Horse unearthed at Pompeii still wearing harness

Petrified remains found in stable of ancient Roman villa include a saddle and harness

epa07246798 Experts work on horse skeletons in an ancient stable during excavations in Pompeii, near Naples, Italy, 23 December 2018. The find of a tall, full-bodied and well-groomed with the saddle and the richly decorated bronze trimmings was discovered in a large villa that stood just outside the walls of Pompeii in May 2018.  EPA/CESARE ABBATE
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Archaeologists have unearthed the petrified remains of a harnessed horse and saddle in the stable of an ancient villa in a Pompeii suburb.

Pompeii archaeological park head Massimo Osanna told Italian news agency ANSA that the villa belonged to a high-ranking military officer, perhaps a general, during ancient Roman times.

Mr Osanna was quoted on Sunday as saying the remains of two or three other horses were also discovered.

The villa's terraces had views of the Bay of Naples and Capri island. The area was previously excavated, during the early 1900s, but later re-buried.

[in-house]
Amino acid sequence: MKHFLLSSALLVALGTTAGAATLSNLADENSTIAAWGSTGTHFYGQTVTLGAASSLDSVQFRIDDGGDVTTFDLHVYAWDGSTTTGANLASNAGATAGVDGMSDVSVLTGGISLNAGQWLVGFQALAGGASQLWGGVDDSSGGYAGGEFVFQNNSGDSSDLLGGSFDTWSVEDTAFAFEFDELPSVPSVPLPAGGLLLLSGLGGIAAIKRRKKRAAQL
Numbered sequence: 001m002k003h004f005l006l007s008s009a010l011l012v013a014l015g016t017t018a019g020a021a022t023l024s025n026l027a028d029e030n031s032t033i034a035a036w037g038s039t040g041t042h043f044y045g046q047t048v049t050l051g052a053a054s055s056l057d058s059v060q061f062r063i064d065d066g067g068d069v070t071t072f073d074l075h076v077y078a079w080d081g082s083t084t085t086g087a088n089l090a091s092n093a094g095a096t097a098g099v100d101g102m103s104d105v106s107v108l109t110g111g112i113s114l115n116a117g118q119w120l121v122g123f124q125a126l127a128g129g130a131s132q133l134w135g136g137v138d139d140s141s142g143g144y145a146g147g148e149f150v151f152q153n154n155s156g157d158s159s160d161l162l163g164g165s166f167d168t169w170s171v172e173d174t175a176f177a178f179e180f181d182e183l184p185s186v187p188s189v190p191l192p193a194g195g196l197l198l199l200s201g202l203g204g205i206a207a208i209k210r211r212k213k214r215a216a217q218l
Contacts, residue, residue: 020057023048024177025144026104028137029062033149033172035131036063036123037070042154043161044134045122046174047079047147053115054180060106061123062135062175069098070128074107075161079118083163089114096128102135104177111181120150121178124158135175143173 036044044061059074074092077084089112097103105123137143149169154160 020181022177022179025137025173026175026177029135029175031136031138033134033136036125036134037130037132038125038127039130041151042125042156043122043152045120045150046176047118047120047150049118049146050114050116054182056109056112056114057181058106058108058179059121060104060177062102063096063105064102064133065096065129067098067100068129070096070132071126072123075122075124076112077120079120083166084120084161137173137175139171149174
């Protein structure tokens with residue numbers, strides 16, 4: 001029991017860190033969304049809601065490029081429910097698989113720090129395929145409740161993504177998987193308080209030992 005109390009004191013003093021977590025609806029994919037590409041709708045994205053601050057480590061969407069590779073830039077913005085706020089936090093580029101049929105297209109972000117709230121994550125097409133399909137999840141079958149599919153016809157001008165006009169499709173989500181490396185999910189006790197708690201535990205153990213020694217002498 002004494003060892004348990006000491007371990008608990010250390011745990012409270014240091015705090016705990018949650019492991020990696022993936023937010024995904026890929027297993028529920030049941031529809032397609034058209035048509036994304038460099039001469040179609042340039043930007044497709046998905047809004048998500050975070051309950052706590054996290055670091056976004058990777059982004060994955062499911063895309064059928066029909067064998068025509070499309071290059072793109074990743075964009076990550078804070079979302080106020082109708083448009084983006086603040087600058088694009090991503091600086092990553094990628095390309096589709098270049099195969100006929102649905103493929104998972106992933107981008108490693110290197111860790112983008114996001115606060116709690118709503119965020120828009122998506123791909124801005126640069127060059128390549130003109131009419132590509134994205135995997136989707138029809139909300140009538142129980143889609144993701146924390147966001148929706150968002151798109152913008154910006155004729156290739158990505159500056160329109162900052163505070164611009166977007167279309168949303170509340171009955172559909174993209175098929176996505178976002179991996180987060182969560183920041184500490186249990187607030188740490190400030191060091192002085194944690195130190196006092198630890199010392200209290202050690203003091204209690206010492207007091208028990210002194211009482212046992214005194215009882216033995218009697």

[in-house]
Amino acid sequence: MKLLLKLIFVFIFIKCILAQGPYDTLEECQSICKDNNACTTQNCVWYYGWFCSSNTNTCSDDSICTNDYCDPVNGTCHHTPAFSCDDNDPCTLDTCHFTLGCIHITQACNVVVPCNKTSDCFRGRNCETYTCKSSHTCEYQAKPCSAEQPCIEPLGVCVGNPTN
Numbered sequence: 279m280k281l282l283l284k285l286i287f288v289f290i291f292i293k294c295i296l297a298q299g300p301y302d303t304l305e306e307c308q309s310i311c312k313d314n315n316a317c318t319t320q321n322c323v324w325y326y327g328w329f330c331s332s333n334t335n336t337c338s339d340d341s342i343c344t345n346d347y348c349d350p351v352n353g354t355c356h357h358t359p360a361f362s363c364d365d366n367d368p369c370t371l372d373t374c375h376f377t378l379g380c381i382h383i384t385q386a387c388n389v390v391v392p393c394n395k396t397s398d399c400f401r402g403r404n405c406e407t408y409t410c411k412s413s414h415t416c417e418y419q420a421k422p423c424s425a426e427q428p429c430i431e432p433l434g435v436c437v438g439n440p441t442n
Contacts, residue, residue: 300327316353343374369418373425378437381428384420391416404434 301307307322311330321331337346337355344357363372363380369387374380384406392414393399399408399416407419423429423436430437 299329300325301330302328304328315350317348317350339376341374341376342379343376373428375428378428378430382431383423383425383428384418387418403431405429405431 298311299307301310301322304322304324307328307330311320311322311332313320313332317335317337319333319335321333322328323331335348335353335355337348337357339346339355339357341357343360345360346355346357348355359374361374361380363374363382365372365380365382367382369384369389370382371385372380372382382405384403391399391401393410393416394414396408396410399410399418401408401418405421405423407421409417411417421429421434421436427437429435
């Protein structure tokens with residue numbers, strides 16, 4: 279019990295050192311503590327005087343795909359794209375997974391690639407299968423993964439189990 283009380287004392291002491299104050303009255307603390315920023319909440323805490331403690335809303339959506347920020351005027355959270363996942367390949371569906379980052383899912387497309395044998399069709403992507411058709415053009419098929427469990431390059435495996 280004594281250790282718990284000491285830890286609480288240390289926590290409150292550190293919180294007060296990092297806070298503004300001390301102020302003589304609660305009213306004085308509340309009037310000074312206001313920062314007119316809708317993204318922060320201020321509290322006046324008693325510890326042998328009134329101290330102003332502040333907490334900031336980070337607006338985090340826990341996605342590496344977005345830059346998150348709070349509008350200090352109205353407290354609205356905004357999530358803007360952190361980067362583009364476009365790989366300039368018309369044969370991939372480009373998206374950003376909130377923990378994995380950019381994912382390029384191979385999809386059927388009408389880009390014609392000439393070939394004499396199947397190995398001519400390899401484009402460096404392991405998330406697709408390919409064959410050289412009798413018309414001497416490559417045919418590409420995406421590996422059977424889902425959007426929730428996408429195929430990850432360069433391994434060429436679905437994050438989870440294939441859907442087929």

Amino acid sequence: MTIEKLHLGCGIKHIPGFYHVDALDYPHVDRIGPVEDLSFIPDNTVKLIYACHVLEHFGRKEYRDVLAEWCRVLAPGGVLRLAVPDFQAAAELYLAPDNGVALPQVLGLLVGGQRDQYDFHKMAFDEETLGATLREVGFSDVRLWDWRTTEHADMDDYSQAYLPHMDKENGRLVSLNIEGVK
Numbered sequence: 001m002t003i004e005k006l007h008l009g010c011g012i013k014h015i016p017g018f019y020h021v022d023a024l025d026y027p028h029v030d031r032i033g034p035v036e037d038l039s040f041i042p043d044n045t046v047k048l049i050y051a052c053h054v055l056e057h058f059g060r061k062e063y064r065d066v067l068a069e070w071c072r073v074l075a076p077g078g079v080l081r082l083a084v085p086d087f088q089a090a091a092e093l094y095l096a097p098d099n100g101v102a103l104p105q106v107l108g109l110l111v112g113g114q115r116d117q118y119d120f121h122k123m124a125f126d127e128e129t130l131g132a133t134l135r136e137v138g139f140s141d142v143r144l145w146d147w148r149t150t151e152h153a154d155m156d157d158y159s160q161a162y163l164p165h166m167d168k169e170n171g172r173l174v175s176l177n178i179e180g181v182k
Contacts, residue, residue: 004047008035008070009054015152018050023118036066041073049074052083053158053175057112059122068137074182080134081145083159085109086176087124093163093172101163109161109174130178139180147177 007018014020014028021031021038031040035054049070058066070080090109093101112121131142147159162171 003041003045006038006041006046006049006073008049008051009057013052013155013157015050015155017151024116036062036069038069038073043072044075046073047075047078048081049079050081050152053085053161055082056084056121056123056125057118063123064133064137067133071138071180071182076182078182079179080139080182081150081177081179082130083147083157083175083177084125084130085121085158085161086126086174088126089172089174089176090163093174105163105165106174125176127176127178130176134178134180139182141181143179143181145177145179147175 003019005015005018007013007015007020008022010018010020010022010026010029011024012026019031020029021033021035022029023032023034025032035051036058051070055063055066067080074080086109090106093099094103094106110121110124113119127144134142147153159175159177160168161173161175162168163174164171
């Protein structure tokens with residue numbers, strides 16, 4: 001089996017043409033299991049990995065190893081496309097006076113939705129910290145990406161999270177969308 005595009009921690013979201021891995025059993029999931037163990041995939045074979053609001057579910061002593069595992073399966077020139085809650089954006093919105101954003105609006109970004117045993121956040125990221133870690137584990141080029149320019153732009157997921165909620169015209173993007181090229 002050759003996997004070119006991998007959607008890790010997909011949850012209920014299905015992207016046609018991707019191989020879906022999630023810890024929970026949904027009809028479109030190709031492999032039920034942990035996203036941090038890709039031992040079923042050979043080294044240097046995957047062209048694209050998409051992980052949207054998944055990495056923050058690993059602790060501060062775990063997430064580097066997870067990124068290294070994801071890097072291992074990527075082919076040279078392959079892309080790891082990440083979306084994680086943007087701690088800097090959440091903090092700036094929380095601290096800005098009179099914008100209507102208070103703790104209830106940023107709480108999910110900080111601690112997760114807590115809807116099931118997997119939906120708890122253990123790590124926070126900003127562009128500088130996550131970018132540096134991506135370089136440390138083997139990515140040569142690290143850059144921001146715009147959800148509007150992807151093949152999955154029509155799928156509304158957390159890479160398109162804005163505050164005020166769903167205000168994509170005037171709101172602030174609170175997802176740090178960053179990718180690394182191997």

An archaeologist inspects the remains of a horse skeleton in the Pompeii archaeological site, Italy, Sunday, Dec. 23, 2018. A tall horse, well-groomed with the saddle and the richly decorated bronze trimmings, believed to have belonged to an high rank military magistrate has been recently discovered, Professor Massimo Osanna, director of the Pompeii archeological site said to the Italian news agency ANSA. (Cesare Abbate/ANSA Via AP)
An archaeologist inspects a horse skeleton in the Pompeii archaeological site, Italy, on Sunday. AP

The volcanic eruption of Mount Vesuvius destroyed flourishing Pompeii, near present-day Naples, in 79AD.

Mr Osanna says suffocating volcanic ash or boiling vapours killed the horses. He hopes the villa eventually will be open to the public.

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